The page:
If you choose option one, you might run into problems where employees think the decision is unfair. For example, if you move individual-contributor engineers to the same grade as your Director of Finance, what will the Director of Finance think about this?
If you wait to adjust your salary structure, you probably have to wait until your next annual pay increase cycle to do so. Depending on how competitive a position is, waiting to make this change might mean losing top talent.
2. Brand-New Positions
Let’s say that you need to hire 10 new data engineers to staff your new e-commerce operation, and these are positions you’ve never had before. How do you determine what pay grade they belong in?
Of course, you can use a logical approach to find an appropriate pay grade for the position and then set a range (e.g. find other roles in the company that has a similar scope, and/or skills requirement, take the average pay of those roles). But the question is, will you feel confident that the pay is competitive?
3. Internal Movement
Research shows that lack of sufficient development and growth opportunities is a major reason people quit their jobs. These days, many workers don’t have the desire to “move up the ladder” in a linear fashion. Younger workers put a high priority on learning and development; they prefer to move around in different roles and departments so that they can acquire new skills and gain broad exposure.
Let’s say that you use a grade-based structure. What happens if an employee is really excited about a new position, but switching to the new role would mean being in a lower pay grade? Would this discourage the employee from making the move because it feels like a demotion? Alternately, would you move that lower-level position into a higher pay grade to encourage the employee take the new role? If you did that, would it be a one time thing or would you make this a permanent move?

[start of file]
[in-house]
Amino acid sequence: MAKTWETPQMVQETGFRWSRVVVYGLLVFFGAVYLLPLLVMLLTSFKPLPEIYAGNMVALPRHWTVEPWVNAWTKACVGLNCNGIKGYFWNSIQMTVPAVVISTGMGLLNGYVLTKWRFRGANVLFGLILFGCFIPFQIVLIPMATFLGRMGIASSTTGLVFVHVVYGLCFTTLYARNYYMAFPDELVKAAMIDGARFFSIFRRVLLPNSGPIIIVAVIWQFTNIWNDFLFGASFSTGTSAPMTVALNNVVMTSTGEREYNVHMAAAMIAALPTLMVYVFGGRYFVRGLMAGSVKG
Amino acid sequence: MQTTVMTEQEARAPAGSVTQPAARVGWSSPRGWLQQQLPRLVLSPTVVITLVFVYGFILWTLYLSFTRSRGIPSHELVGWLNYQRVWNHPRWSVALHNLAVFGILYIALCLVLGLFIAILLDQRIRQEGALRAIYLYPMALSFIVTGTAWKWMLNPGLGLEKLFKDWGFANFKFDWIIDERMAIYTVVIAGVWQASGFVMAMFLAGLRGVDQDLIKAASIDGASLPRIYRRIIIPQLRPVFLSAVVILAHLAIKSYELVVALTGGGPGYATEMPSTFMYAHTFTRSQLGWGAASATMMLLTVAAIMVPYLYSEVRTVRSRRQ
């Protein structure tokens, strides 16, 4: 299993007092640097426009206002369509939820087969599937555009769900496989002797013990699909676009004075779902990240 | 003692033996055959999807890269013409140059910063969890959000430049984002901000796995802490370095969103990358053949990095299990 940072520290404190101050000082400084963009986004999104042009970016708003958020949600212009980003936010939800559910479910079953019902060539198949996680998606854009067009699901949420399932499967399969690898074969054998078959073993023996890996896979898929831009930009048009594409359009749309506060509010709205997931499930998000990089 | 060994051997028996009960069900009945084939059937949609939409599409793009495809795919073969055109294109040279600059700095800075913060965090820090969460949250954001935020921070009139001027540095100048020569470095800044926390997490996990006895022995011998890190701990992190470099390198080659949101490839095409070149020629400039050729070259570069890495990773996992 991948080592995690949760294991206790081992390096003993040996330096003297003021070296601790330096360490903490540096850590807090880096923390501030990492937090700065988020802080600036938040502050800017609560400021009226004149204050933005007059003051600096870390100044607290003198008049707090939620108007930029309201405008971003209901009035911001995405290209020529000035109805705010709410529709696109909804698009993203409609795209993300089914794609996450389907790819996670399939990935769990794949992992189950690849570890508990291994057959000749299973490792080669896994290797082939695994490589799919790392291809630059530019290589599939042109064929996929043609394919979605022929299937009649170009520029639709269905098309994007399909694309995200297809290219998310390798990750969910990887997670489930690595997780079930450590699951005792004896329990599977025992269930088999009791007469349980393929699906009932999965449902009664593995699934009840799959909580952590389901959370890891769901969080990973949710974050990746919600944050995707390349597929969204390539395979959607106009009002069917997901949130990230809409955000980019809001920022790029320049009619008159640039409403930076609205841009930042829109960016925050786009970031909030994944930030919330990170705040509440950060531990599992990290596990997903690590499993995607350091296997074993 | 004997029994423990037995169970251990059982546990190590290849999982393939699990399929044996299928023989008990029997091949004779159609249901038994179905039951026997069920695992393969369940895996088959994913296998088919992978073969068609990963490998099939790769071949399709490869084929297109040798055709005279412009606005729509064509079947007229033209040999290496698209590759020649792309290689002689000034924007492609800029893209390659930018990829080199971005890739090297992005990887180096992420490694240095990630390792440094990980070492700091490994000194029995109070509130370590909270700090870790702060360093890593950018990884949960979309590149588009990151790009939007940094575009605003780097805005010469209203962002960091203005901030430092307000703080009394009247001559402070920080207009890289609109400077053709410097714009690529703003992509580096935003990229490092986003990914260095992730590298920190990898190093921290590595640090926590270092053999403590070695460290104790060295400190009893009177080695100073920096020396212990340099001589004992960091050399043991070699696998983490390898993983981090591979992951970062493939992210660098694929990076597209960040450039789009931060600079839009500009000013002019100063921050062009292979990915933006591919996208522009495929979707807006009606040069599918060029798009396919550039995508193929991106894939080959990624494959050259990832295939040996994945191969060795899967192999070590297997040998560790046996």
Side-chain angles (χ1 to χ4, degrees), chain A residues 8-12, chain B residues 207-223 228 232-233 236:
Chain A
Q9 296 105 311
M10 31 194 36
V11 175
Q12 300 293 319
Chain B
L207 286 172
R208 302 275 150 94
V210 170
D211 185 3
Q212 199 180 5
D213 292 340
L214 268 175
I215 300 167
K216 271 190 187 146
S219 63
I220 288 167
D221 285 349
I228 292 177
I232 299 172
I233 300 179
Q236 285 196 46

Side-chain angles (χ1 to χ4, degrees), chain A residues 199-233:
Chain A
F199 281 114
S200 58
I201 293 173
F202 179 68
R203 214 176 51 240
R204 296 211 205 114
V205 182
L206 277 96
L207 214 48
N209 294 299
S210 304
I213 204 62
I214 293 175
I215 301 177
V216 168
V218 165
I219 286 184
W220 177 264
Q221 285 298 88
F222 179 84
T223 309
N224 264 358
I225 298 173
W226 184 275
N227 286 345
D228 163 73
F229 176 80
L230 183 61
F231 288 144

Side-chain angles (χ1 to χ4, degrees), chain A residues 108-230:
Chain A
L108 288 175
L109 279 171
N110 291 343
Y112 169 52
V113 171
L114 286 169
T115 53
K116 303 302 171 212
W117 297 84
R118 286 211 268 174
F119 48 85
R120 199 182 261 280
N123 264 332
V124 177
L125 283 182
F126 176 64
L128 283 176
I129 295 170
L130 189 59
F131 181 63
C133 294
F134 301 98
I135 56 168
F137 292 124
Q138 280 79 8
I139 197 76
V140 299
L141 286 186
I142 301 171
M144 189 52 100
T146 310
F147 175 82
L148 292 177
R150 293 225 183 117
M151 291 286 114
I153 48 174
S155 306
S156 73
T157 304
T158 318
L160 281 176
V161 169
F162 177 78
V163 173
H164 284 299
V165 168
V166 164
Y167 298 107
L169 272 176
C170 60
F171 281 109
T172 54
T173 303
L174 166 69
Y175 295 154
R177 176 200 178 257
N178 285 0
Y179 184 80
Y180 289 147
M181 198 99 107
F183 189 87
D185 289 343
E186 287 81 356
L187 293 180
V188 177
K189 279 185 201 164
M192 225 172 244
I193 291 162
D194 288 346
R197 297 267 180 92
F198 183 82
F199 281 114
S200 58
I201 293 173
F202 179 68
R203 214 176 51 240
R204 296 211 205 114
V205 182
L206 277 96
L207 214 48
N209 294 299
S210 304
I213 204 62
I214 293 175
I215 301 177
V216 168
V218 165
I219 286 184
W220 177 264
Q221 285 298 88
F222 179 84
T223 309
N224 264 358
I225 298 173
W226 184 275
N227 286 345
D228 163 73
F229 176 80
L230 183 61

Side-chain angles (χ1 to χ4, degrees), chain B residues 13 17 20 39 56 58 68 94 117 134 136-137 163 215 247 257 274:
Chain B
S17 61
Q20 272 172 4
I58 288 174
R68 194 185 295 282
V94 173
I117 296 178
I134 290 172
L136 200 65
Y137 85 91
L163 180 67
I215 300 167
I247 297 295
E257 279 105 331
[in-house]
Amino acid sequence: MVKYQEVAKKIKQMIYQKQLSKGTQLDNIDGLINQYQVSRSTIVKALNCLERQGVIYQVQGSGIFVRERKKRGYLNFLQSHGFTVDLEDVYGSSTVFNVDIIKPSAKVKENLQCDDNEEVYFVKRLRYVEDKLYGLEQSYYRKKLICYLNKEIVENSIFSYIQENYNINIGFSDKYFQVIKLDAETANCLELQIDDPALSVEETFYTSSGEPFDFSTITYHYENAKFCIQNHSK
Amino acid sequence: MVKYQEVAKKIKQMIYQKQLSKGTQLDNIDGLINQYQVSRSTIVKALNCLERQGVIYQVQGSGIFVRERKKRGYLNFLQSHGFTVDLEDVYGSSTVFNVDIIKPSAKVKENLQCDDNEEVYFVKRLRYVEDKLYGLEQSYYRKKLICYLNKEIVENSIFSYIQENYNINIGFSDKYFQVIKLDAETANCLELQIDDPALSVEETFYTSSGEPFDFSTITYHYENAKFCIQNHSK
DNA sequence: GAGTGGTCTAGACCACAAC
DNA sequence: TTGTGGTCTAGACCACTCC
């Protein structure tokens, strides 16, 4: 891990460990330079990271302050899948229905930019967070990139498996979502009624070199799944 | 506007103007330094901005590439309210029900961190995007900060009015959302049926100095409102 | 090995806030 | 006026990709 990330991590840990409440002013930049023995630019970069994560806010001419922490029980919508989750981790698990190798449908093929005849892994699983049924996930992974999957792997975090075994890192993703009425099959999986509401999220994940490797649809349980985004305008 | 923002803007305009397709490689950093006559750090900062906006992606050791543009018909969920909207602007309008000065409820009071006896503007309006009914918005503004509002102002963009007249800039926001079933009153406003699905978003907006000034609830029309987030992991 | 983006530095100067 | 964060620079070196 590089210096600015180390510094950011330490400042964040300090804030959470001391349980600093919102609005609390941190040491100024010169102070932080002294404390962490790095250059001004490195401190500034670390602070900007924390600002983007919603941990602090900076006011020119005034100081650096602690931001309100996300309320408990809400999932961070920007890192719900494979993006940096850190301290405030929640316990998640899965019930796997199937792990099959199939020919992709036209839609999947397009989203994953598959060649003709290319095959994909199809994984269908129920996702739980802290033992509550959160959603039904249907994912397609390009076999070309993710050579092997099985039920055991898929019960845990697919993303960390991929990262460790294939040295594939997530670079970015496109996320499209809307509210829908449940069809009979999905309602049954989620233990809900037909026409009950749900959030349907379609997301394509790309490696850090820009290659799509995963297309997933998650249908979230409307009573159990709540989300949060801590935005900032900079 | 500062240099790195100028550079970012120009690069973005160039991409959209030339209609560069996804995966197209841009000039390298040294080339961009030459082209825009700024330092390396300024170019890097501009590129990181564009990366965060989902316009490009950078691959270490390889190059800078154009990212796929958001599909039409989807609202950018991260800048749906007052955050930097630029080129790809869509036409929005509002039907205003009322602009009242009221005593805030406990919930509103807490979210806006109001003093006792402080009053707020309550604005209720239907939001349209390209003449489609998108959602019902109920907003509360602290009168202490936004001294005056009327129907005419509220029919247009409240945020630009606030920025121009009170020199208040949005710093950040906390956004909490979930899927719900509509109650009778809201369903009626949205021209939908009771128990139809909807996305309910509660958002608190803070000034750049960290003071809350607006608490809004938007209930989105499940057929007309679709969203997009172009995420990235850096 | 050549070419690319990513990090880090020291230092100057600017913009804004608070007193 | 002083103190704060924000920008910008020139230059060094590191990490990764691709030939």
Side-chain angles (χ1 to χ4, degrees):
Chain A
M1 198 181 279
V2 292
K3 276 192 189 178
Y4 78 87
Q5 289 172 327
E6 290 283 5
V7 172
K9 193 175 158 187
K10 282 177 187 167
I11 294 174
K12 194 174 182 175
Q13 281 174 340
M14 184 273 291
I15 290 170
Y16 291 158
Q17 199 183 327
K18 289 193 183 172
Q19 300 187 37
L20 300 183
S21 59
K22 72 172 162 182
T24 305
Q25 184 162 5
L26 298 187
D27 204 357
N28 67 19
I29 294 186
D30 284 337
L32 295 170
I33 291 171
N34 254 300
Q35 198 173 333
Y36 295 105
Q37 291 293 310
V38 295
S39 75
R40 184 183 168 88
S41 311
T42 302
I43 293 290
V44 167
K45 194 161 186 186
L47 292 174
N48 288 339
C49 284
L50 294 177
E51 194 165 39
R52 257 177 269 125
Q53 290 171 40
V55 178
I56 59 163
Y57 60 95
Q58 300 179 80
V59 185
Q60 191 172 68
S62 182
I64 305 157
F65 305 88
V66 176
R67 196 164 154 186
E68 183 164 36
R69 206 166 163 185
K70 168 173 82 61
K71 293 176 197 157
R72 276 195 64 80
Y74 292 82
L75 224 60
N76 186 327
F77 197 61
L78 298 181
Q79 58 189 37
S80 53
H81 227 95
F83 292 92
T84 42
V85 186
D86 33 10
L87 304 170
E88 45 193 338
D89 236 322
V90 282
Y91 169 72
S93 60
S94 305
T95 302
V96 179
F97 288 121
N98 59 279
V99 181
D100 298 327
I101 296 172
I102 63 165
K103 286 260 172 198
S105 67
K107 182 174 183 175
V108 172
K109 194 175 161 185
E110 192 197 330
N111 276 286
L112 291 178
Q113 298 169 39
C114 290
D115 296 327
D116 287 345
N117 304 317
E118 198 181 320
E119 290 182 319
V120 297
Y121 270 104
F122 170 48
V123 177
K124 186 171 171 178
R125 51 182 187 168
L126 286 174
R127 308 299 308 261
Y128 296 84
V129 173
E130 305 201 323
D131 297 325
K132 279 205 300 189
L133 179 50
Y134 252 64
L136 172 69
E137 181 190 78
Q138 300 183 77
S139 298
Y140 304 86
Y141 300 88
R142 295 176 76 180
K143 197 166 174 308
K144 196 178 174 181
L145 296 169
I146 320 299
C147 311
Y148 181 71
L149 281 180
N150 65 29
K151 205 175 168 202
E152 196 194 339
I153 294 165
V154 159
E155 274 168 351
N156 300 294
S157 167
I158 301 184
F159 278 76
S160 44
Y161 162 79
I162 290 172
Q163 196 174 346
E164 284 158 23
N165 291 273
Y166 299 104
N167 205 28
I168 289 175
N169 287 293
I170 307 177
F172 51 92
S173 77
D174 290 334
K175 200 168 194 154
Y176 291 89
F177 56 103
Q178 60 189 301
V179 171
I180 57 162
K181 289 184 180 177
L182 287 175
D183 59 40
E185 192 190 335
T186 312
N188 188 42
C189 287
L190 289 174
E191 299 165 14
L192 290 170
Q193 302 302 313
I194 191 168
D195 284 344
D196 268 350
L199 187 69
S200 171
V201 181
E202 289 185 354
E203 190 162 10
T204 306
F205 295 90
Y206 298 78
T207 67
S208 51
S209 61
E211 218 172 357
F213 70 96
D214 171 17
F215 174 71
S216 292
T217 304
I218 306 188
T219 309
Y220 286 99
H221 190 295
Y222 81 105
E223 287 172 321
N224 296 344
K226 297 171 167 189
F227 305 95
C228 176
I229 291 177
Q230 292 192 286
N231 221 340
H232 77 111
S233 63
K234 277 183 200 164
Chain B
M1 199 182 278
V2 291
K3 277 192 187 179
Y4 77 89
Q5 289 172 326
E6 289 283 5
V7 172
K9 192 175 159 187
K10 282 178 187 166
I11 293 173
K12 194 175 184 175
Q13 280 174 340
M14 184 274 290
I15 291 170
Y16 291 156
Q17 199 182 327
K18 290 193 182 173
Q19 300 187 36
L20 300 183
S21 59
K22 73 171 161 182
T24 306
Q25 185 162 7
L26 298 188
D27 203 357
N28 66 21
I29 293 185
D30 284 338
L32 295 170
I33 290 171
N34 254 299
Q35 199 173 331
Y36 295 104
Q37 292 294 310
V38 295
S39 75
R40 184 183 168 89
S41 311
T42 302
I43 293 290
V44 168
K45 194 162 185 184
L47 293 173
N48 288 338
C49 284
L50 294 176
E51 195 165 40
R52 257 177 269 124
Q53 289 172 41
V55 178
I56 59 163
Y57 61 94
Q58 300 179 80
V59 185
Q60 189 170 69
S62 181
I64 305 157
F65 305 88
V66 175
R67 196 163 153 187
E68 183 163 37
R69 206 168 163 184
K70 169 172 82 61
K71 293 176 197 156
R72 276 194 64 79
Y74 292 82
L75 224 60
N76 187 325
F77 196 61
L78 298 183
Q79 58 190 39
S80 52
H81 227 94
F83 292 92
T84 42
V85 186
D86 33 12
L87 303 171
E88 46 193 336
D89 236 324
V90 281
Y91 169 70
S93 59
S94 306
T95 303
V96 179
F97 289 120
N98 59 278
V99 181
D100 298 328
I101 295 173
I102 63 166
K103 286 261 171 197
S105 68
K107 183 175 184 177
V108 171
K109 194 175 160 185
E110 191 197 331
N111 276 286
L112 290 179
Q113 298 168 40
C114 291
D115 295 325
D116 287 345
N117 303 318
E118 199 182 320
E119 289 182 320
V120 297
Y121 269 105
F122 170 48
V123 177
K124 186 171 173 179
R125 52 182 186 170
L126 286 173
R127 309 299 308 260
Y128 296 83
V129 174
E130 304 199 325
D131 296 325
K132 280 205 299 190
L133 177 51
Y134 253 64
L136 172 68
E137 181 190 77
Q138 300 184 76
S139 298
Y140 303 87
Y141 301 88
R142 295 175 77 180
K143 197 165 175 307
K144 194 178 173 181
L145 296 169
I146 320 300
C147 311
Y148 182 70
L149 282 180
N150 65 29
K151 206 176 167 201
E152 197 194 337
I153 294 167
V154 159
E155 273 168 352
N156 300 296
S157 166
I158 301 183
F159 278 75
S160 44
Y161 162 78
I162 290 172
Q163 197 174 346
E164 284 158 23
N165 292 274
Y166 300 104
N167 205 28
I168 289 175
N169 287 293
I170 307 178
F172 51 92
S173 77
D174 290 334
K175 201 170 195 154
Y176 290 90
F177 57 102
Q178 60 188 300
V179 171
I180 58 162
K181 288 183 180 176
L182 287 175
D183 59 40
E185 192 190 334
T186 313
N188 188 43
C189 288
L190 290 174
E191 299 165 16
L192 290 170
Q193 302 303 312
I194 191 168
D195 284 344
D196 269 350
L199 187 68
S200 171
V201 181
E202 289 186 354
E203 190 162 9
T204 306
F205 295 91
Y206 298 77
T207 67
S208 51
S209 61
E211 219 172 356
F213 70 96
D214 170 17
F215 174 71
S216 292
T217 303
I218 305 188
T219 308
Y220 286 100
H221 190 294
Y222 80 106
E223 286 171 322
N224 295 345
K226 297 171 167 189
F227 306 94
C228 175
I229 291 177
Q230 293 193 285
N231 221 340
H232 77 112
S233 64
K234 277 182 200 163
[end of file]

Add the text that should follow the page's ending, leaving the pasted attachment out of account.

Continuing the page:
You can skirt these this issue altogether when you use job-based ranges. When you price each position individually, it’s easy for employees to understand that the salary of the role is based on the market demand for the role. Then, they can make their own choices as to what makes sense for their career without worrying about the optics (e.g. whether a position is more “junior” or “senior” vs. another one).
How (and Why) PayScale Uses Job-Based Ranges
PayScale has about 450 employees in dozens of different states in the U.S. According to Brian Webber, PayScale’s in-house compensation expert, PayScale has used job-based ranges for years:
“It’s much easier to make competitive job offers and change pay with job-based ranges vs. pay grades. We’re headquartered in Seattle where we face a number of major competitors for tech talent (e.g. Amazon, Google, Microsoft), and the competition for technical roles is fierce. For these roles, it’s especially important that we’re very confident in our data, and in our ranges, so that we can make competitive offers. Job-based ranges allow us to understand the true market dynamics for every position, and quickly adjust pay to stay competitive with the market when the market moves. This helps us ensure we can hire the right talent and retain them.
Additionally, using job-based ranges help ensure that managers and employees have a good understanding of how we make pay decisions. We want employees to understand that their pay is informed by the market for their specific role, which considers the relevant skills and experiences needed for that role.”
Job-Based Ranges Now Available in Insight Lab and Market Pay
At this point, creating ranges for each position no longer has to pose an administrative burden for compensation teams. Job-Based Ranges are now available to customers in both Insight Lab and MarketPay. In our platform, It is easy to select a set of your jobs (e.g. one job family or job function) and assign them to a specific job-based range model. This will allow you to validate your model and the values that come with a range. If it makes sense, you can create salary ranges for specific jobs — hot jobs or highly volatile jobs — and continue to use your existing grade structure for more common jobs.